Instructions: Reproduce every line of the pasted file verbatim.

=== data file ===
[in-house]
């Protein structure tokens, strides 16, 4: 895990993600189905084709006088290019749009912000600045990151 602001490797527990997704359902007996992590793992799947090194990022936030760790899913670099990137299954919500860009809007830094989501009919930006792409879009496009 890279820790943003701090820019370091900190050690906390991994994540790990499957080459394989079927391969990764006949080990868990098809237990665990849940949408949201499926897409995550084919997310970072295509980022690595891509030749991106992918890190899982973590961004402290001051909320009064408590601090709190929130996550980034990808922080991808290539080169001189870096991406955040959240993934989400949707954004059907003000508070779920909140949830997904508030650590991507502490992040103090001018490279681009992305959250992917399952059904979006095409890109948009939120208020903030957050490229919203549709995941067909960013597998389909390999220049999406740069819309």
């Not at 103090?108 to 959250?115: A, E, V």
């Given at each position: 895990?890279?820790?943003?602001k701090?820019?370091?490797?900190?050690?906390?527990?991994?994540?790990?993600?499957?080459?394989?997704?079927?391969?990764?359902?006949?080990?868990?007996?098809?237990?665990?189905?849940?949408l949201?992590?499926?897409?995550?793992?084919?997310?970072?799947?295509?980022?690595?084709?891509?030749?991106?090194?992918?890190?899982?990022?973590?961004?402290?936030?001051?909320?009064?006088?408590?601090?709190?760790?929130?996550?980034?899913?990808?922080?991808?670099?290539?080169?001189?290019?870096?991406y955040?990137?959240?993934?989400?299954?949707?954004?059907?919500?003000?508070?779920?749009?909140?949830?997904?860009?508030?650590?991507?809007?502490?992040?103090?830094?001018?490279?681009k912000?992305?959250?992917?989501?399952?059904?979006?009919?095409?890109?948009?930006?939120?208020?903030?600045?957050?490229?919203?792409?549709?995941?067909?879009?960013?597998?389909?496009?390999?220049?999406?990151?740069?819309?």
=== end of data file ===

[in-house]
């Protein structure tokens, strides 16, 4: 895990993600189905084709006088290019749009912000600045990151 602001490797527990997704359902007996992590793992799947090194990022936030760790899913670099990137299954919500860009809007830094989501009919930006792409879009496009 890279820790943003701090820019370091900190050690906390991994994540790990499957080459394989079927391969990764006949080990868990098809237990665990849940949408949201499926897409995550084919997310970072295509980022690595891509030749991106992918890190899982973590961004402290001051909320009064408590601090709190929130996550980034990808922080991808290539080169001189870096991406955040959240993934989400949707954004059907003000508070779920909140949830997904508030650590991507502490992040103090001018490279681009992305959250992917399952059904979006095409890109948009939120208020903030957050490229919203549709995941067909960013597998389909390999220049999406740069819309």
């Not at 103090?108 to 959250?115: A, E, V």
């Given at each position: 895990?890279?820790?943003?602001k701090?820019?370091?490797?900190?050690?906390?527990?991994?994540?790990?993600?499957?080459?394989?997704?079927?391969?990764?359902?006949?080990?868990?007996?098809?237990?665990?189905?849940?949408l949201?992590?499926?897409?995550?793992?084919?997310?970072?799947?295509?980022?690595?084709?891509?030749?991106?090194?992918?890190?899982?990022?973590?961004?402290?936030?001051?909320?009064?006088?408590?601090?709190?760790?929130?996550?980034?899913?990808?922080?991808?670099?290539?080169?001189?290019?870096?991406y955040?990137?959240?993934?989400?299954?949707?954004?059907?919500?003000?508070?779920?749009?909140?949830?997904?860009?508030?650590?991507?809007?502490?992040?103090?830094?001018?490279?681009k912000?992305?959250?992917?989501?399952?059904?979006?009919?095409?890109?948009?930006?939120?208020?903030?600045?957050?490229?919203?792409?549709?995941?067909?879009?960013?597998?389909?496009?390999?220049?999406?990151?740069?819309?």